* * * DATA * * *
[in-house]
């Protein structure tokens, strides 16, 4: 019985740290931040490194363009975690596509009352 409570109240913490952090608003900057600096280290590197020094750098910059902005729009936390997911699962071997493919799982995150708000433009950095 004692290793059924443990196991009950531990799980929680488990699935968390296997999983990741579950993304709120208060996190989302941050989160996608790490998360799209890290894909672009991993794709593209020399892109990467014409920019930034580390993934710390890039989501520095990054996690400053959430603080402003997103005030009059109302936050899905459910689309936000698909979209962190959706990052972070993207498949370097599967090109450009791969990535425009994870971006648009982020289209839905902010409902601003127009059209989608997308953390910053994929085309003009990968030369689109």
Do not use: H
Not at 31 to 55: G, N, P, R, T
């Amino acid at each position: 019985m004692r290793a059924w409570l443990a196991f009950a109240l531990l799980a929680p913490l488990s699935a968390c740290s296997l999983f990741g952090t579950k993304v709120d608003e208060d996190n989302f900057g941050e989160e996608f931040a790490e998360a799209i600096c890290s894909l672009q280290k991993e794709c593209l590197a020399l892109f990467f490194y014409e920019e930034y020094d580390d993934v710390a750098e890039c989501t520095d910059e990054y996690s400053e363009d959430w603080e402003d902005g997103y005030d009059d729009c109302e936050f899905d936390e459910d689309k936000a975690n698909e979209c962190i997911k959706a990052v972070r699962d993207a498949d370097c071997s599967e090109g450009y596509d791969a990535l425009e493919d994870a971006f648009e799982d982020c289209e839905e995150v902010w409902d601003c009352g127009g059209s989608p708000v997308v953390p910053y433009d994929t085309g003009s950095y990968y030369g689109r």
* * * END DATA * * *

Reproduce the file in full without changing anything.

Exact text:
[in-house]
């Protein structure tokens, strides 16, 4: 019985740290931040490194363009975690596509009352 409570109240913490952090608003900057600096280290590197020094750098910059902005729009936390997911699962071997493919799982995150708000433009950095 004692290793059924443990196991009950531990799980929680488990699935968390296997999983990741579950993304709120208060996190989302941050989160996608790490998360799209890290894909672009991993794709593209020399892109990467014409920019930034580390993934710390890039989501520095990054996690400053959430603080402003997103005030009059109302936050899905459910689309936000698909979209962190959706990052972070993207498949370097599967090109450009791969990535425009994870971006648009982020289209839905902010409902601003127009059209989608997308953390910053994929085309003009990968030369689109």
Do not use: H
Not at 31 to 55: G, N, P, R, T
């Amino acid at each position: 019985m004692r290793a059924w409570l443990a196991f009950a109240l531990l799980a929680p913490l488990s699935a968390c740290s296997l999983f990741g952090t579950k993304v709120d608003e208060d996190n989302f900057g941050e989160e996608f931040a790490e998360a799209i600096c890290s894909l672009q280290k991993e794709c593209l590197a020399l892109f990467f490194y014409e920019e930034y020094d580390d993934v710390a750098e890039c989501t520095d910059e990054y996690s400053e363009d959430w603080e402003d902005g997103y005030d009059d729009c109302e936050f899905d936390e459910d689309k936000a975690n698909e979209c962190i997911k959706a990052v972070r699962d993207a498949d370097c071997s599967e090109g450009y596509d791969a990535l425009e493919d994870a971006f648009e799982d982020c289209e839905e995150v902010w409902d601003c009352g127009g059209s989608p708000v997308v953390p910053y433009d994929t085309g003009s950095y990968y030369g689109r």